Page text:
Andrew Tinsley18/06/2020 09:31:10
1150 forum posts

The old wives tales are certainly still current. Do yourself a favour and get a slice of EN1,


old mart18/06/2020 15:32:25
1829 forum posts
148 photos

I bought a steel backplate in 1 3/4 X 8 on ebay, it was only 4" diameter, and it is now on the back of a 9" faceplate which had the Myford thread, but not enough meat to modify to the larger thread. It is held on with 6 titanium stepped studs, from a Westland Lynx gearbox. The 8mm ends screw directly into the faceplate and the 6mm ends go through the steel backplate and use aircraft locking nuts with integral washers. The biggest advantage of steel is the lower ammount of mess made when it is machined.

Paul Ainsworth18/06/2020 16:07:36
97 forum posts
15 photos

Is it for a DB10? I bought a backplate for a C6 from ARC, only difference is 52mm nose hole. I sleeved and bored to 50mm to fit the db10s.

SillyOldDuffer18/06/2020 17:11:18
5932 forum posts
1282 photos
Posted by Andrew Tinsley on 18/06/2020 09:31:10:

The old wives tales are certainly still current. Do yourself a favour and get a slice of EN1,


This old wife was quoting Rollason's 'Metallurgy for Engineers':


Ding dong!


Pete Rimmer18/06/2020 19:16:53
734 forum posts
50 photos

All those high-speed steel CNC chucks don't seem to suffer from ringing.

Nigel Graham 223/06/2020 00:22:25
667 forum posts
15 photos

I am sure Rollason was correct but he no doubt was writing for the professional designers of massive machine-tools and marine diesels as well as of those working closer to our sizes of components.

One of the bits of lab equipment I operated at work was a vertical cylinder about 14 ins diameter with a wall a good inch thick, topped by a massive plate lid needing an overhead hoist, and floored a few inches below by a deep-skirted, cast-aluminium piston. The lid was mild steel but the cylinder, including its downwards extension forming supports etc., was cast-iron for that very reason - damping. Just to make sure, the whole caboodle was also bolted to a massive concrete plinth.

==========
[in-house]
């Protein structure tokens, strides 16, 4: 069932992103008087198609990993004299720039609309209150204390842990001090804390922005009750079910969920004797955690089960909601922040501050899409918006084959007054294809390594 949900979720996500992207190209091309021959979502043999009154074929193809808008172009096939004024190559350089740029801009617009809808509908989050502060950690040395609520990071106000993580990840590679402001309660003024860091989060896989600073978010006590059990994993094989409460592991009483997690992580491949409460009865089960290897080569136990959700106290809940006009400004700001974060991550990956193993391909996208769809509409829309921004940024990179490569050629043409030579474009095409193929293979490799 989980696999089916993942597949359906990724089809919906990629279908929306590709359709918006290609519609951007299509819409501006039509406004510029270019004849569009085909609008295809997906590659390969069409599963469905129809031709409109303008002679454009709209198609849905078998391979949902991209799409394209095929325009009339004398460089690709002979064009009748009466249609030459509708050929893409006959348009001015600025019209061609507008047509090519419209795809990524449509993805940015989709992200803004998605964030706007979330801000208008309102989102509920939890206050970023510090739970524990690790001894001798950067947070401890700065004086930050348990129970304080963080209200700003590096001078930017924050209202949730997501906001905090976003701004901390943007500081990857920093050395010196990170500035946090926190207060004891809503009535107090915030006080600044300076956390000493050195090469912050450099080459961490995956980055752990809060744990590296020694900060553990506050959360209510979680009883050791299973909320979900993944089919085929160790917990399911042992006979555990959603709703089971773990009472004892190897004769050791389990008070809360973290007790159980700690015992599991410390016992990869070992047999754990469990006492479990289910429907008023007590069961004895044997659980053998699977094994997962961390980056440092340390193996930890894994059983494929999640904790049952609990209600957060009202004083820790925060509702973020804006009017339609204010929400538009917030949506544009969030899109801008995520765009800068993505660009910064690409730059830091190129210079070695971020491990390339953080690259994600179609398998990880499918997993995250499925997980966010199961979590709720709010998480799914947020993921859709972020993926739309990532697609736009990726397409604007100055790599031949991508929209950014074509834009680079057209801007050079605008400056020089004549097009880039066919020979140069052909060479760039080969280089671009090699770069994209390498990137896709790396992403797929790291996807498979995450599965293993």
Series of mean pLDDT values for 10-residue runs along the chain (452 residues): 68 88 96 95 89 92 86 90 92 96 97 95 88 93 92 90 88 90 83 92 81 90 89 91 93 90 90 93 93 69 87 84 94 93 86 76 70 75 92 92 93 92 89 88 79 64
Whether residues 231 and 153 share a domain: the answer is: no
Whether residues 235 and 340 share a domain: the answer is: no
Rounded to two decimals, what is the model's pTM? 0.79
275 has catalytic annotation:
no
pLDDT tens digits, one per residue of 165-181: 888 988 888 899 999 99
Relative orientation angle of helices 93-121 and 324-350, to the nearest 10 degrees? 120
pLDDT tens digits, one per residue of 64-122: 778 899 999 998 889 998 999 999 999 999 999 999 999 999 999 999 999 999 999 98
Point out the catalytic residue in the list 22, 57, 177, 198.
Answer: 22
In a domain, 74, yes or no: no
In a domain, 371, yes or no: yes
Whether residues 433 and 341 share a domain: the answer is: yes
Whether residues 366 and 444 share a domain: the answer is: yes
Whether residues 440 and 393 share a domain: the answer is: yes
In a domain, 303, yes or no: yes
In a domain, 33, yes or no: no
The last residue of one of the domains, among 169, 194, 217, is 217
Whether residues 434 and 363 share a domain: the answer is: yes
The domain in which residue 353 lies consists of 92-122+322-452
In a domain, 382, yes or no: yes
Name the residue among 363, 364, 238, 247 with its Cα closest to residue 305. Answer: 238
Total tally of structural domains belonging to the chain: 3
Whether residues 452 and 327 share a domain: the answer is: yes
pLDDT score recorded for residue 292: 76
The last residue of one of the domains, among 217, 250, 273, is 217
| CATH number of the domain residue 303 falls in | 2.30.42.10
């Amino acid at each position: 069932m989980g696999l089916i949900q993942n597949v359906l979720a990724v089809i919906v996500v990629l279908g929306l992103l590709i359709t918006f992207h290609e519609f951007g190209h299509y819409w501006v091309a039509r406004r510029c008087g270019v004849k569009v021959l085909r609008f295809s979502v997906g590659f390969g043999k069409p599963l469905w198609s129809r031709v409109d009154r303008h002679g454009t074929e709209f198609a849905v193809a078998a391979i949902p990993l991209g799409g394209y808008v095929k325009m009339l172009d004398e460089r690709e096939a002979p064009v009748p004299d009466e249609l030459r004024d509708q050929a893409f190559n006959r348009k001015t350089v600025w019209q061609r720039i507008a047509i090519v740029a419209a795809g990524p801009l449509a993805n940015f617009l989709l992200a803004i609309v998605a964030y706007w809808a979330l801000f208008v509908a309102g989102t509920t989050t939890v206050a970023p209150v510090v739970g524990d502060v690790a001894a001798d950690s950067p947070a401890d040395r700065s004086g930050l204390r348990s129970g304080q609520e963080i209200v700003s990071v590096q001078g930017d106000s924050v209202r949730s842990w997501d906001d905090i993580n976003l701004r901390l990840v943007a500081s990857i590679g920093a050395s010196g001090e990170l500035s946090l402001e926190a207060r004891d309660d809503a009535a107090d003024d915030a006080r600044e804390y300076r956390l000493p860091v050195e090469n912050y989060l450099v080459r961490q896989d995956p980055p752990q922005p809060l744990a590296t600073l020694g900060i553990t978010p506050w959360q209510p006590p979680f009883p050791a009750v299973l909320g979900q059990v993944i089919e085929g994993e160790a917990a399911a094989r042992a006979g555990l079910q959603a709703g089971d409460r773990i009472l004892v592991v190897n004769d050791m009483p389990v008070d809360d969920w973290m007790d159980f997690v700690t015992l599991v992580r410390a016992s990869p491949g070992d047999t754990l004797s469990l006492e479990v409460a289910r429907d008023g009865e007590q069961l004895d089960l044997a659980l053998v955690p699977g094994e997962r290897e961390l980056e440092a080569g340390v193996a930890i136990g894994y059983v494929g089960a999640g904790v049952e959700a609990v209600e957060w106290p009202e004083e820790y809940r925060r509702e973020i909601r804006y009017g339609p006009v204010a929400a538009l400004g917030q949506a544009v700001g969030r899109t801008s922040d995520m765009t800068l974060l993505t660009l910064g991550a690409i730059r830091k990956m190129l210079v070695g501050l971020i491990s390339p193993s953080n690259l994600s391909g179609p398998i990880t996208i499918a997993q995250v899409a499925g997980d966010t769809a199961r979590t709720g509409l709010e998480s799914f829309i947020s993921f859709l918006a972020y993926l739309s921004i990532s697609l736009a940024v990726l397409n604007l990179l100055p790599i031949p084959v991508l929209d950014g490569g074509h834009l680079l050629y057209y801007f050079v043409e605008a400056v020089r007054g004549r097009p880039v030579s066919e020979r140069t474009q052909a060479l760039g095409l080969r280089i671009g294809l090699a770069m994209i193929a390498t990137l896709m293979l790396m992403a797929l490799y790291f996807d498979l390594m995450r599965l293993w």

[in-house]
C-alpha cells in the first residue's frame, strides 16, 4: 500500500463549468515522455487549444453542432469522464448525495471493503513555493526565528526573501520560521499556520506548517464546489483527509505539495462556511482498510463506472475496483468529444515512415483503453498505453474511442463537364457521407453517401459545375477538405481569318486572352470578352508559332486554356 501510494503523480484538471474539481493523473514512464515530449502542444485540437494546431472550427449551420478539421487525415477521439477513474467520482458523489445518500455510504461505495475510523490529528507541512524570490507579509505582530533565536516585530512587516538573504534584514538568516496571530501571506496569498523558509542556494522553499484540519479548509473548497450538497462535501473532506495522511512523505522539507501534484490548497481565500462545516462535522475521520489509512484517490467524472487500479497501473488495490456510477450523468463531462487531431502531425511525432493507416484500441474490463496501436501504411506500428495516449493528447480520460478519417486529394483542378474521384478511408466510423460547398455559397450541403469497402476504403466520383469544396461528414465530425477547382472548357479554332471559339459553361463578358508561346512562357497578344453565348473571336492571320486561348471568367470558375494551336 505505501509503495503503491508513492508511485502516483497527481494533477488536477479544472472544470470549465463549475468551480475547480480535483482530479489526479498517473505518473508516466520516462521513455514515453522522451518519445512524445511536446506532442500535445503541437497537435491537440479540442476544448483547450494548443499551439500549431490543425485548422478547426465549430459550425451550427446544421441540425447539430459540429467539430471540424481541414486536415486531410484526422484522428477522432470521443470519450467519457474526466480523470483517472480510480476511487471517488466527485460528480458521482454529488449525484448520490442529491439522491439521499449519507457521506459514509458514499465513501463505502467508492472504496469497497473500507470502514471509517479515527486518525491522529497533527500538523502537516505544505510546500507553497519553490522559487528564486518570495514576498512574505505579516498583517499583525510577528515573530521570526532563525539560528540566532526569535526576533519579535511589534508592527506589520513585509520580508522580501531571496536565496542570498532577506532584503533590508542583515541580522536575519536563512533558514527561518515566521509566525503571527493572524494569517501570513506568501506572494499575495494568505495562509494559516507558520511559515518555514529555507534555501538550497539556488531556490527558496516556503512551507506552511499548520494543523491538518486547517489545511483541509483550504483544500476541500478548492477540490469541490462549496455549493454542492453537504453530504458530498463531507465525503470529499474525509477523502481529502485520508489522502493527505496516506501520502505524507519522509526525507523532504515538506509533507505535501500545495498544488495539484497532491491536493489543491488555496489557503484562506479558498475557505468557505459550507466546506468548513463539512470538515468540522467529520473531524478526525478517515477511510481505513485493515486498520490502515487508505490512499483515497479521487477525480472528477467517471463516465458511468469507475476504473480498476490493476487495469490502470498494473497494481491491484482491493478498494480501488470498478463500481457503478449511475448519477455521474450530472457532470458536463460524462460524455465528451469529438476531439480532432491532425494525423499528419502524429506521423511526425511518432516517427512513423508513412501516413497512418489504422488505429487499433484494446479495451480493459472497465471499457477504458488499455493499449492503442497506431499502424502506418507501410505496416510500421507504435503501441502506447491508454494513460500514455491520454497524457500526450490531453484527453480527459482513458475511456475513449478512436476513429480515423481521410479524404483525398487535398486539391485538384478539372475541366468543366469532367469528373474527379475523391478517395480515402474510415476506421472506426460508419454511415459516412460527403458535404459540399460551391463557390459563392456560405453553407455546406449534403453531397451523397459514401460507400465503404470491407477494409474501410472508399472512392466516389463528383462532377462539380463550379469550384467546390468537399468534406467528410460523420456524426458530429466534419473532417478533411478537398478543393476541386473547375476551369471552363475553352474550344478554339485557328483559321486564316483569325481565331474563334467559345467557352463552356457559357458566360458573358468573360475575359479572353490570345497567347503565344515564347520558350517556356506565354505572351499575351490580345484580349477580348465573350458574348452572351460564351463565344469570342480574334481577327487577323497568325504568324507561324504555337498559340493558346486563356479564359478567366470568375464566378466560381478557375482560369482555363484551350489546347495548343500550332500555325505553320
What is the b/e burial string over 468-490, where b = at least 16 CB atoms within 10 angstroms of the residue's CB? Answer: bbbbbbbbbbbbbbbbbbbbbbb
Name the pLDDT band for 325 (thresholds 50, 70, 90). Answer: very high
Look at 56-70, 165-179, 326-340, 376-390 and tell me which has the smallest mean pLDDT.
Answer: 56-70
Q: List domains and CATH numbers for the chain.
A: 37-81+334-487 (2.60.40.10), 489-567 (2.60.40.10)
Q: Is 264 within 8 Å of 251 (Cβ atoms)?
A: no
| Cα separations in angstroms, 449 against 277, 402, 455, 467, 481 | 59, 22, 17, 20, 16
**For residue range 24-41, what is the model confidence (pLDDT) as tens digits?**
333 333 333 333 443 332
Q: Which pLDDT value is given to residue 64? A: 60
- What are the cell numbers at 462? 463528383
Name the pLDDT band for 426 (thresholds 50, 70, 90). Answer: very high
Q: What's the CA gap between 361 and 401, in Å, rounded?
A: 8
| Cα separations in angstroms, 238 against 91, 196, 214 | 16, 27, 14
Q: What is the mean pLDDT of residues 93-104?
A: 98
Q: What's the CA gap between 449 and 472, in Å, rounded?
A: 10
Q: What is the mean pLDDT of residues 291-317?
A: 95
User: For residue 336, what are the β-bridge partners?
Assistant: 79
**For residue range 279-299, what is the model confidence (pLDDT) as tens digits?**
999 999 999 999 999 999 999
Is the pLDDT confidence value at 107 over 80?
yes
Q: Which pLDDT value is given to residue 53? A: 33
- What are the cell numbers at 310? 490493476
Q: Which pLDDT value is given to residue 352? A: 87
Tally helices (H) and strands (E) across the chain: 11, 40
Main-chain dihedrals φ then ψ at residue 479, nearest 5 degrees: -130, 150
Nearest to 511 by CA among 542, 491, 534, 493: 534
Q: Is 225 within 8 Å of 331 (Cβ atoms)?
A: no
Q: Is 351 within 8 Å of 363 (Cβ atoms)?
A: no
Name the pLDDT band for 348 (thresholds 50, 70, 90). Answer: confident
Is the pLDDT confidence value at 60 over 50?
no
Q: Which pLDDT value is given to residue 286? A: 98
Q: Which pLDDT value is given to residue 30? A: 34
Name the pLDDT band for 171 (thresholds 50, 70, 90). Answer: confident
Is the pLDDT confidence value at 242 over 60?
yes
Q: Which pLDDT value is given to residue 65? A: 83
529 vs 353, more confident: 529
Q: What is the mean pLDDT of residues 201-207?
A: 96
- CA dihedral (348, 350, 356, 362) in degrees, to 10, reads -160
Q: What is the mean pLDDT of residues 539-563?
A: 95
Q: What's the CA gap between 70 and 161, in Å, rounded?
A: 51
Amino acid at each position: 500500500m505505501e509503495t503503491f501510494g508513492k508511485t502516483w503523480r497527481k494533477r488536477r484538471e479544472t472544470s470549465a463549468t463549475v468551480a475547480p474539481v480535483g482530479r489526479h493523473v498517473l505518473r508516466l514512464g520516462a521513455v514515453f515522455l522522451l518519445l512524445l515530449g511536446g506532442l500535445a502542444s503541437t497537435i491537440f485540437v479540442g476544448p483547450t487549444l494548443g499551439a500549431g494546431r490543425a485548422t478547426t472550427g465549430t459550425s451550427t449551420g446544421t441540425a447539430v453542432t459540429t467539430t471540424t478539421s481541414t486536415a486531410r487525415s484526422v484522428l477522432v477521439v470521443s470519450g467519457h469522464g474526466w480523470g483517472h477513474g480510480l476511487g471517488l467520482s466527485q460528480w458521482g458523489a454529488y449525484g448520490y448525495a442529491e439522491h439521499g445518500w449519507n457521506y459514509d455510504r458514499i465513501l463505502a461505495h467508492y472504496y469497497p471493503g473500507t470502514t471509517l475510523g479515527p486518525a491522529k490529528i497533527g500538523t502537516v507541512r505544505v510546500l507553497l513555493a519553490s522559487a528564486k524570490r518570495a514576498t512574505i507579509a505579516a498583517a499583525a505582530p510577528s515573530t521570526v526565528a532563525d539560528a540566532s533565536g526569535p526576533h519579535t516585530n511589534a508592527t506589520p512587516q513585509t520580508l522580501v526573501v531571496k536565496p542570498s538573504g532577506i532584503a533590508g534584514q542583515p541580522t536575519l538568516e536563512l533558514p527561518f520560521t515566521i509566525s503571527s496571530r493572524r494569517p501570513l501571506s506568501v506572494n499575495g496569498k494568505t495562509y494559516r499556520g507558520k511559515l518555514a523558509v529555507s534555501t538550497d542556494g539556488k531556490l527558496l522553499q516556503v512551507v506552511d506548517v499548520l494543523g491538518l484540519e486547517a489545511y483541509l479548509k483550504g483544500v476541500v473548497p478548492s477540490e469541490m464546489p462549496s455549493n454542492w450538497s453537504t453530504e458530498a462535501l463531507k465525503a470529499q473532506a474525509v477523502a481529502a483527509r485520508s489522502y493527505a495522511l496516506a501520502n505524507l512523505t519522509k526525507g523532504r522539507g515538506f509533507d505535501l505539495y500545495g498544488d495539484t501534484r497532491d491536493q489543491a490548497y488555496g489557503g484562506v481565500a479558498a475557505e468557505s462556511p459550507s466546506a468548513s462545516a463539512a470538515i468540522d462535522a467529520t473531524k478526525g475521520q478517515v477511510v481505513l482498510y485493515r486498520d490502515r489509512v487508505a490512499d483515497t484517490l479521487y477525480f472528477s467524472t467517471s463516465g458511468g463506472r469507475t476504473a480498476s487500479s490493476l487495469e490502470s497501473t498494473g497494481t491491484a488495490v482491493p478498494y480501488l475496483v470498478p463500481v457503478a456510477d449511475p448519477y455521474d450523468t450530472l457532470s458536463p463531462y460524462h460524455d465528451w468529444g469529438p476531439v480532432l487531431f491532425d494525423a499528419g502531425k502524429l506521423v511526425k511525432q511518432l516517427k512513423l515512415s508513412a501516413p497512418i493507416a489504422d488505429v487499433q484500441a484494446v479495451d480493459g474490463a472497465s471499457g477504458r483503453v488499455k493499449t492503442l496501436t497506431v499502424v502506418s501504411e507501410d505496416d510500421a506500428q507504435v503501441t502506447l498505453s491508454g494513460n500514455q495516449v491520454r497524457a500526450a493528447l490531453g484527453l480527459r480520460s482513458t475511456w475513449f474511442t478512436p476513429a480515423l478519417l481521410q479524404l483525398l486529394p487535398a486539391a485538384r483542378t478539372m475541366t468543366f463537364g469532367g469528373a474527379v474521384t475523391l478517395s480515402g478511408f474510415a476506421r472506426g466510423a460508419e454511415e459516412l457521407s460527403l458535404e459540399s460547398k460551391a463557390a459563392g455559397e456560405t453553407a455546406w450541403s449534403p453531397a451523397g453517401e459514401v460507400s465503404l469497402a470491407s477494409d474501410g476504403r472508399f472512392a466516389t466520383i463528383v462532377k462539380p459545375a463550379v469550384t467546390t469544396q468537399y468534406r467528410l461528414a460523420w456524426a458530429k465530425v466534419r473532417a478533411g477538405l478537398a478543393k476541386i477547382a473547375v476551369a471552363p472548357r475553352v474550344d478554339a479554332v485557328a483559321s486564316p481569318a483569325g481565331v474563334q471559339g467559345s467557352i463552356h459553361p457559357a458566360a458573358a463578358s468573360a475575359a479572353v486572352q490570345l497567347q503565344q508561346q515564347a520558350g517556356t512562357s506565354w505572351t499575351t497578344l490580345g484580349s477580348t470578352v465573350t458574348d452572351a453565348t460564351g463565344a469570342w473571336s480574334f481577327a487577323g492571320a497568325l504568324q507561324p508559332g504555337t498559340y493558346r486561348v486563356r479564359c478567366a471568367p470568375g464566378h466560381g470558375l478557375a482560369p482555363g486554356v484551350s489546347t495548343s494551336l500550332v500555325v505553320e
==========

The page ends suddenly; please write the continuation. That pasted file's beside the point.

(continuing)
A chuck back-plate on a moderately-sized lathe is frankly pretty unlikely to resonate noticeably. Yes, if you dangled it from a bit of string it might make a nice if perhaps high-pitched dinner-gong, but in service it is heavily clamped between the mandrel and chuck and would probably only ring if at all at very particular speeds or under certain cutting conditions. More likely any ringing you hear is from the work-piece.

Nevertheless even quite small machine-tools do use cast-iron for its stability and self-damping as well as the other reasons Rollason gives; but some modern ones are built around welded steel fabrications filled with special forms of concrete. I recall reading this of the products of a major German builder of very large machining-centres; but I think the Peatol lathe successfully uses much the same principle.


Having typed that about gongs, I recall once being a passenger on a freight ferry from England to Sweden. The steward's dinner-gong was a steel pipe blanking-plate suspended from a piece of wood!